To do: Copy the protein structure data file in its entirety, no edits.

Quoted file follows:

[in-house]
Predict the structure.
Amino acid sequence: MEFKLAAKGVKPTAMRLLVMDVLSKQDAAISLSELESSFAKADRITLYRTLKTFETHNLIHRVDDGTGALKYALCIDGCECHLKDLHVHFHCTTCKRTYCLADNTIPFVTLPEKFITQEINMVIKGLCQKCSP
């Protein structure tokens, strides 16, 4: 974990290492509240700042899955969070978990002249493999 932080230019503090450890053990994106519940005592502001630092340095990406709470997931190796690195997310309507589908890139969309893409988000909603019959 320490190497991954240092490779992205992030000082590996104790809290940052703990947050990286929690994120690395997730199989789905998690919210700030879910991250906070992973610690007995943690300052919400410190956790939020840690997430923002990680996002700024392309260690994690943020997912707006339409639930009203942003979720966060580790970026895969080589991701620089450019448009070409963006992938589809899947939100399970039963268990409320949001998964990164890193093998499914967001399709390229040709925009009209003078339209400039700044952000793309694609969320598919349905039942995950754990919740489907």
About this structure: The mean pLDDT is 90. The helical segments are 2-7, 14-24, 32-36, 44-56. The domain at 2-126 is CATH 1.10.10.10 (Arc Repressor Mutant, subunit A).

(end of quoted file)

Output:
[in-house]
Predict the structure.
Amino acid sequence: MEFKLAAKGVKPTAMRLLVMDVLSKQDAAISLSELESSFAKADRITLYRTLKTFETHNLIHRVDDGTGALKYALCIDGCECHLKDLHVHFHCTTCKRTYCLADNTIPFVTLPEKFITQEINMVIKGLCQKCSP
């Protein structure tokens, strides 16, 4: 974990290492509240700042899955969070978990002249493999 932080230019503090450890053990994106519940005592502001630092340095990406709470997931190796690195997310309507589908890139969309893409988000909603019959 320490190497991954240092490779992205992030000082590996104790809290940052703990947050990286929690994120690395997730199989789905998690919210700030879910991250906070992973610690007995943690300052919400410190956790939020840690997430923002990680996002700024392309260690994690943020997912707006339409639930009203942003979720966060580790970026895969080589991701620089450019448009070409963006992938589809899947939100399970039963268990409320949001998964990164890193093998499914967001399709390229040709925009009209003078339209400039700044952000793309694609969320598919349905039942995950754990919740489907």
About this structure: The mean pLDDT is 90. The helical segments are 2-7, 14-24, 32-36, 44-56. The domain at 2-126 is CATH 1.10.10.10 (Arc Repressor Mutant, subunit A).